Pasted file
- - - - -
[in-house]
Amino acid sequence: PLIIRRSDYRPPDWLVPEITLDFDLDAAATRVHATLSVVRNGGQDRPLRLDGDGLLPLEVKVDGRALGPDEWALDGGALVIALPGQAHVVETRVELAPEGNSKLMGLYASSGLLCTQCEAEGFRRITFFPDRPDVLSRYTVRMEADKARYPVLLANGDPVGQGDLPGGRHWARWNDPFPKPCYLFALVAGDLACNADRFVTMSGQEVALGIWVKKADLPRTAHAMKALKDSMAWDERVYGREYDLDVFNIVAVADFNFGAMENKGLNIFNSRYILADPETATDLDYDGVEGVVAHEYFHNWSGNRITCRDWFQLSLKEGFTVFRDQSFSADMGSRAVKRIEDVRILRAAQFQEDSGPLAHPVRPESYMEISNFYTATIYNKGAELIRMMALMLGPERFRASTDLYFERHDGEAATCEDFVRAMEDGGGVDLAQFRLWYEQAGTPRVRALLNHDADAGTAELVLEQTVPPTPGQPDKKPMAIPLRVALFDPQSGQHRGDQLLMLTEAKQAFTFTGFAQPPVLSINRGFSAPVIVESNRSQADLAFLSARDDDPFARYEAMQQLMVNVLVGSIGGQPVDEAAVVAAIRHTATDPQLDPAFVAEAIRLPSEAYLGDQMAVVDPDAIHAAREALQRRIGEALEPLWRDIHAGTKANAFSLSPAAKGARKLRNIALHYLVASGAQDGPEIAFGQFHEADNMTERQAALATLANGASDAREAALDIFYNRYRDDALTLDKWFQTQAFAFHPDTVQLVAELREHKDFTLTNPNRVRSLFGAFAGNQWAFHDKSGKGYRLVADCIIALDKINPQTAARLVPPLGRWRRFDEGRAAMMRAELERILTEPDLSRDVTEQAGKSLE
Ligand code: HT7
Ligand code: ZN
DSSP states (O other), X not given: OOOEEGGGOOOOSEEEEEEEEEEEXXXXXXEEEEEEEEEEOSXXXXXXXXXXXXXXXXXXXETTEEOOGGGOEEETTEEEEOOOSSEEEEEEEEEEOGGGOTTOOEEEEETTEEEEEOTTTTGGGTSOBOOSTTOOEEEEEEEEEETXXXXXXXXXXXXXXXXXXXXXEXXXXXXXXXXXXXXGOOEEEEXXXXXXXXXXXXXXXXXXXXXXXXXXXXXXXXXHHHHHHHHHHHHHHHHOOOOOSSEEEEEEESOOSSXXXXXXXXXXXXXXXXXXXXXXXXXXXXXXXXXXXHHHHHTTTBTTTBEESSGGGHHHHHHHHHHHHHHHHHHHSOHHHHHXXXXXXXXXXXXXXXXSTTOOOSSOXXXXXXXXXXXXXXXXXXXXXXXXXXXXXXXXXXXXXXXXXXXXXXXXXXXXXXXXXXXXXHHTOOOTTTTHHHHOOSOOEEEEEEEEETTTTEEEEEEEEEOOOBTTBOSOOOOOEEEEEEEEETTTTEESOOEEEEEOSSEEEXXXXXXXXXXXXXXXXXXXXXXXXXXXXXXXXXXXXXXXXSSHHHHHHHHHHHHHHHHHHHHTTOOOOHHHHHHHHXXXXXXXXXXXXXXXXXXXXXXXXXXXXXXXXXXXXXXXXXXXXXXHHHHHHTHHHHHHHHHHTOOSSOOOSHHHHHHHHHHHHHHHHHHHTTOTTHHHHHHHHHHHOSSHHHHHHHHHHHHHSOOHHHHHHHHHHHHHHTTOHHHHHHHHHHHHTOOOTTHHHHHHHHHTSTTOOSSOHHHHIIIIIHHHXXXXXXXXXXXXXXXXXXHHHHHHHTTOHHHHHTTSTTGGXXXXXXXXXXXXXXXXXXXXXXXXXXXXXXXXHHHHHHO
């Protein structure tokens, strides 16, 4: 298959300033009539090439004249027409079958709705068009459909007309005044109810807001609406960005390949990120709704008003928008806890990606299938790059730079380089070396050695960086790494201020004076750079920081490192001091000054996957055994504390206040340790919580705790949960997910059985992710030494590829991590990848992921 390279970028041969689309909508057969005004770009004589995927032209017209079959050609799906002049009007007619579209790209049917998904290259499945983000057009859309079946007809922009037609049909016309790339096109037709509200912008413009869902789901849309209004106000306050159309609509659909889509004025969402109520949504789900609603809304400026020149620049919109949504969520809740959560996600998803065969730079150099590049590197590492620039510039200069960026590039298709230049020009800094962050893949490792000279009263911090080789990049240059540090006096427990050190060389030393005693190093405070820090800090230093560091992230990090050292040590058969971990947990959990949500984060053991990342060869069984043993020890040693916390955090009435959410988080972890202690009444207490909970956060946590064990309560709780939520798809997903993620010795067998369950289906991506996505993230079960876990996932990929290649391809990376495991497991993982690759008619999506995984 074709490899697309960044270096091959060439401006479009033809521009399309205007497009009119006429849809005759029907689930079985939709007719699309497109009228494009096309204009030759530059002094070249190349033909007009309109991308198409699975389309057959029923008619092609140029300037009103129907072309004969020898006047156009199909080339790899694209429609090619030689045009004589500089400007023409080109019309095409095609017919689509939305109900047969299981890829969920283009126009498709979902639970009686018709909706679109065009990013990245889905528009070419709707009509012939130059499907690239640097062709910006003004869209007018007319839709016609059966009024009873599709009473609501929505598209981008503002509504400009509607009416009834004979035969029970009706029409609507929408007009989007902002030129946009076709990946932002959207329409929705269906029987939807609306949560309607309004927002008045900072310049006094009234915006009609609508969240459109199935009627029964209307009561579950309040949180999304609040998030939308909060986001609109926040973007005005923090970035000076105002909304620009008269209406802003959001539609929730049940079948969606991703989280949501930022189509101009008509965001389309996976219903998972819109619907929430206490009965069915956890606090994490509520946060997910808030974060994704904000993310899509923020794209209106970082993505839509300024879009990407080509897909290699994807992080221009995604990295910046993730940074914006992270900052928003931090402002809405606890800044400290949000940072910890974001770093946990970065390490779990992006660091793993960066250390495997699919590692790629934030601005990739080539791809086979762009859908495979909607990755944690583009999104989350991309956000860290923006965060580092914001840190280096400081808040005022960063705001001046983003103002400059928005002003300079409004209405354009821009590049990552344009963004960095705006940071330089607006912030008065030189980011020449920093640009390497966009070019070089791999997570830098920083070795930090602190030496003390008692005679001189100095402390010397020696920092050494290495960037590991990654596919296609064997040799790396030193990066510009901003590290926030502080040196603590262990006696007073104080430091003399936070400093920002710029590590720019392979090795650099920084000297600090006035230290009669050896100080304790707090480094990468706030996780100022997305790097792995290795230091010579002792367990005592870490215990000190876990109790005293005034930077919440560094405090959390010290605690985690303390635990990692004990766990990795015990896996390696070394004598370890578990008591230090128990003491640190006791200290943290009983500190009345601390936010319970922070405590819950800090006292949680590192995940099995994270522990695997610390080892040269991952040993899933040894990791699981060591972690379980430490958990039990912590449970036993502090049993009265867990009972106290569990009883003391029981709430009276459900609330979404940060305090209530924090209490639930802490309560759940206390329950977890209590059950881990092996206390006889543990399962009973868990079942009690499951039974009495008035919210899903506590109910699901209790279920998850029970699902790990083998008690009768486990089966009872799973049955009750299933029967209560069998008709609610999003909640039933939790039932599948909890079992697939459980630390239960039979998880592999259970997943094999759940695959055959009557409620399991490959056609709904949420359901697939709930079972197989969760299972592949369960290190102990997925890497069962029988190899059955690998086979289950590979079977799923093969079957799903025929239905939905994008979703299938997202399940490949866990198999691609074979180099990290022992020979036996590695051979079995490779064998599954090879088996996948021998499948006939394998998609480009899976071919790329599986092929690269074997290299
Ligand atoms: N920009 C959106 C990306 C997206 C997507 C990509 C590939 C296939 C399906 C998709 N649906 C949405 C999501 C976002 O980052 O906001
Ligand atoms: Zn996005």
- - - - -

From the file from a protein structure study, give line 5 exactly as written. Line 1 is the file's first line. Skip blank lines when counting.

DSSP states (O other), X not given: OOOEEGGGOOOOSEEEEEEEEEEEXXXXXXEEEEEEEEEEOSXXXXXXXXXXXXXXXXXXXETTEEOOGGGOEEETTEEEEOOOSSEEEEEEEEEEOGGGOTTOOEEEEETTEEEEEOTTTTGGGTSOBOOSTTOOEEEEEEEEEETXXXXXXXXXXXXXXXXXXXXXEXXXXXXXXXXXXXXGOOEEEEXXXXXXXXXXXXXXXXXXXXXXXXXXXXXXXXXHHHHHHHHHHHHHHHHOOOOOSSEEEEEEESOOSSXXXXXXXXXXXXXXXXXXXXXXXXXXXXXXXXXXXHHHHHTTTBTTTBEESSGGGHHHHHHHHHHHHHHHHHHHSOHHHHHXXXXXXXXXXXXXXXXSTTOOOSSOXXXXXXXXXXXXXXXXXXXXXXXXXXXXXXXXXXXXXXXXXXXXXXXXXXXXXXXXXXXXXHHTOOOTTTTHHHHOOSOOEEEEEEEEETTTTEEEEEEEEEOOOBTTBOSOOOOOEEEEEEEEETTTTEESOOEEEEEOSSEEEXXXXXXXXXXXXXXXXXXXXXXXXXXXXXXXXXXXXXXXXSSHHHHHHHHHHHHHHHHHHHHTTOOOOHHHHHHHHXXXXXXXXXXXXXXXXXXXXXXXXXXXXXXXXXXXXXXXXXXXXXXHHHHHHTHHHHHHHHHHTOOSSOOOSHHHHHHHHHHHHHHHHHHHTTOTTHHHHHHHHHHHOSSHHHHHHHHHHHHHSOOHHHHHHHHHHHHHHTTOHHHHHHHHHHHHTOOOTTHHHHHHHHHTSTTOOSSOHHHHIIIIIHHHXXXXXXXXXXXXXXXXXXHHHHHHHTTOHHHHHTTSTTGGXXXXXXXXXXXXXXXXXXXXXXXXXXXXXXXXHHHHHHO